Recorded as Loud, Loude, Lowde, Louder, and possibly others, this is an English surname. It has three possible origins. The first is from the pre 7th century word 'hlud' meaning loud, and used as a nickname, the second was a residential name from (say) the River Lud in Lincoln, which also gave its name to the town of Louth, whilst the third when recorded as Louder may also be residential or occupational for one who lived or worked on a River Lud, of which there are a num,ber of examples. William Loud, recorded in the Fees Roll of the county of Devon in the year 1242, probably did describe a 'loud' person, or possibly given the robust humour of the period, the reverse! The surname was clearly residential when applied to the recording of Robert de la Lude of Somerset in 1225, whilst Richard de Luda in the London Rolls of 1319 probably did originate from the town of Louth, as did Robert de Louthe in 1325. According to Ekwall's Dictionary of English Place Names, the baptismal name forms the prefix in the town names of Lowdham (Nottinghamshire) and Loudham (Suffolk). Other early examples of recordings include Reginald Lude of Surrey in 1215, the year of Magna Carta, Henry atte Lud of Worcester in the Subsidy Rolls of 1275, and in the city of London, Mary Louder who married William Angel at St Botolhs Bishopgate, on July 7th 1644. The first recorded spelling of the family name is shown to be that of Richard Lud, which was dated 1221, in the Curia Regis rolls of the county of Devon, during the reign of King Henry 111, known as 'The Frenchman', 1216 - 1272. Surnames became necessary when governments introduced personal taxation. In England this was sometimes known as the Poll Tax. Throughout the centuries, surnames in every country have continued to "develop" often leading to astonishing variants of the original spelling.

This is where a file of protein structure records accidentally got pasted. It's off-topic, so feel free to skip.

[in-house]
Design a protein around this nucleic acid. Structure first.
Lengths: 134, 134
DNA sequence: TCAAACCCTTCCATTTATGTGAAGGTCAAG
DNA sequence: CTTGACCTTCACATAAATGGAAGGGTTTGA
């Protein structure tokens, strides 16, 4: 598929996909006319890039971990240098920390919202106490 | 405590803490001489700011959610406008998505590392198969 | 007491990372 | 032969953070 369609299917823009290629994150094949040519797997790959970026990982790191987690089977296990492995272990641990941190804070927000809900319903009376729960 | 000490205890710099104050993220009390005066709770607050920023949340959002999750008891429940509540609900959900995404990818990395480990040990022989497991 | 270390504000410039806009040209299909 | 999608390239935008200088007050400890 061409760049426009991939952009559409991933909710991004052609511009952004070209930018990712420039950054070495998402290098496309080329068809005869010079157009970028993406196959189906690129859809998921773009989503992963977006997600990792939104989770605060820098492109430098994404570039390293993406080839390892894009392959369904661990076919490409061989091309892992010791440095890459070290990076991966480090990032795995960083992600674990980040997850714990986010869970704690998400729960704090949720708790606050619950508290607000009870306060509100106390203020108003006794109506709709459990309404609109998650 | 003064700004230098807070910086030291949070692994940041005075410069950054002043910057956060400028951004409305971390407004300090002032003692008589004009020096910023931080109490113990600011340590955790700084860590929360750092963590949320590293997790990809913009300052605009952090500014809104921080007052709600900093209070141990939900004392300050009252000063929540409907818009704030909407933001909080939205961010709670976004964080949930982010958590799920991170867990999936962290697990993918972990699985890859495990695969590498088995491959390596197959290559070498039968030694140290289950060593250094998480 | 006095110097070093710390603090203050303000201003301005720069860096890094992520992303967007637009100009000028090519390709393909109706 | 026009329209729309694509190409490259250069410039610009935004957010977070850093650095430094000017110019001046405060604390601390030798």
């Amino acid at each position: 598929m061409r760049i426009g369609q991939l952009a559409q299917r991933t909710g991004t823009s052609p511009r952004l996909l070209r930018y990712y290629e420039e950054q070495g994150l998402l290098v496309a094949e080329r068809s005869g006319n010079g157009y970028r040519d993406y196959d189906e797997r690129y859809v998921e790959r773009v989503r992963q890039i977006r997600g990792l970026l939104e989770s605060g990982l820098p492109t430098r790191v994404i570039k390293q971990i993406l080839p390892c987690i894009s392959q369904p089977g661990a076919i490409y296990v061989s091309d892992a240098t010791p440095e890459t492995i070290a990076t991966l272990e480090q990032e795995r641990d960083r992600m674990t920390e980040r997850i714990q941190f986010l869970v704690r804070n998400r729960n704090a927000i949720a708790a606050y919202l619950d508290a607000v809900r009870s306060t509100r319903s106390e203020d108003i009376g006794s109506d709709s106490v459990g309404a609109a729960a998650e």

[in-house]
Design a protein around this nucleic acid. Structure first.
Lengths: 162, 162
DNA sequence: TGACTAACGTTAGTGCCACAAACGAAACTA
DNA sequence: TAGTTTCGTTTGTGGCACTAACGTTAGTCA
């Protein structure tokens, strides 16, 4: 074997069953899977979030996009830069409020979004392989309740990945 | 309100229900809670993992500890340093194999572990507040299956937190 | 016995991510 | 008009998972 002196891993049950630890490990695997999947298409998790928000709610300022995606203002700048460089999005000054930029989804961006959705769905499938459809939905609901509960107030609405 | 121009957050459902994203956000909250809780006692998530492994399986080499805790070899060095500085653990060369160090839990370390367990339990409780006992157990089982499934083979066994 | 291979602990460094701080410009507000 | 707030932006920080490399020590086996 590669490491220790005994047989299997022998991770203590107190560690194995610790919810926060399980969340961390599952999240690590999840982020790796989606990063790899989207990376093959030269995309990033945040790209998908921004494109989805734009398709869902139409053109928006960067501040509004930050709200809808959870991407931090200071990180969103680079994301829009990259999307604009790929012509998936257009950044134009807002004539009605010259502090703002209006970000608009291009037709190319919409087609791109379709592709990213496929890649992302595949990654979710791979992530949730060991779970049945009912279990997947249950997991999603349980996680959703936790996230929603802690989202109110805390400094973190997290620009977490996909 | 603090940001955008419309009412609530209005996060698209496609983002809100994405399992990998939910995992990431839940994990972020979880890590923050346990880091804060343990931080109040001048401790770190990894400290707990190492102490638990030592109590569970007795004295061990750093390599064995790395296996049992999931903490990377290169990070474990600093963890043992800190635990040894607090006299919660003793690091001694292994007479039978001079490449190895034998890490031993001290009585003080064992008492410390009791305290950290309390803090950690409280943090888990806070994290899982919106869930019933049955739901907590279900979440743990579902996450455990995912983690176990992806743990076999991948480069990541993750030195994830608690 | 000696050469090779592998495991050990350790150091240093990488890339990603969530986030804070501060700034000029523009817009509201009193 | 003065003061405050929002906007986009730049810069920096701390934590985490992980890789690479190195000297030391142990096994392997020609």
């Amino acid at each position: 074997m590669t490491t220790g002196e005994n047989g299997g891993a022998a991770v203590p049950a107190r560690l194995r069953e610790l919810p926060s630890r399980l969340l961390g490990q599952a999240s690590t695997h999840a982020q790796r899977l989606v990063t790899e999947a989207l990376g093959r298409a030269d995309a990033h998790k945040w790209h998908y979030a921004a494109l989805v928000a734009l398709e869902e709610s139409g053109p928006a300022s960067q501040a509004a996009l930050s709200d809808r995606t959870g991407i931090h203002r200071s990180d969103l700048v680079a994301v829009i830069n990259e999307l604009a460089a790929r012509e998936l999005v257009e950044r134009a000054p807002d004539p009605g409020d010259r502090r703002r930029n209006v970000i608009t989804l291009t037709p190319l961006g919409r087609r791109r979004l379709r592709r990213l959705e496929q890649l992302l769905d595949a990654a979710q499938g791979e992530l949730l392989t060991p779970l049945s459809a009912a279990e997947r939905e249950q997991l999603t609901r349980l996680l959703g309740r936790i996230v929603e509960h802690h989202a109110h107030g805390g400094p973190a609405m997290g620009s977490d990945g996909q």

Surnames reference. 2013.


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  • Loud — (loud), a. [Compar. {Louder} (loud [ e]r); superl. {Loudest}.] [OE. loud, lud, AS. hl[=u]d; akin to OS. hl[=u]d, D. luid, OHG. l[=u]t, G. laut, L. clutus, in inclutus, inclitus, celebrated, renowned, cluere to be called, Gr. klyto s heard, loud,… …   The Collaborative International Dictionary of English

  • loud — loud, stentorian, earsplitting, hoarse, raucous, strident, stertorous are comparable when they apply to sounds and mean great in volume or unpleasant in effect. Loud suggests a volume above normal and sometimes implies undue vehemence or… …   New Dictionary of Synonyms

  • Loud — Records Loud Records Filiale de Universal Music Group Fondé en 1992 Fondateur Steve Rifkind …   Wikipédia en Français

  • loud — [loud] adj. [ME < OE hlud, akin to Ger laut < IE base * k̑leu , to hear, listen > L cluere, to be spoken of, esteemed] 1. striking with force on the organs of hearing; strongly audible: said of sound 2. making a sound or sounds of great… …   English World dictionary

  • loud — loud·en; loud·ish; loud·ly; loud·ness; loud; …   English syllables

  • loud — loud, loudly Loud is occasionally used as an adverb, especially in semi fixed expressions such as loud and clear (I can hear you loud and clear: loudly and clearly could also be used here, but would sound less natural). In other contexts it is… …   Modern English usage

  • loud — ► ADJECTIVE 1) producing or capable of producing much noise. 2) strong in expression: loud protests. 3) obtrusive or gaudy. ► ADVERB ▪ with a great deal of volume. ● out loud Cf. ↑out loud …   English terms dictionary

  • Loud — Loud, adv. [AS. hl[=u]de.] With loudness; loudly. [1913 Webster] To speak loud in public assemblies. Addison. [1913 Webster] …   The Collaborative International Dictionary of English

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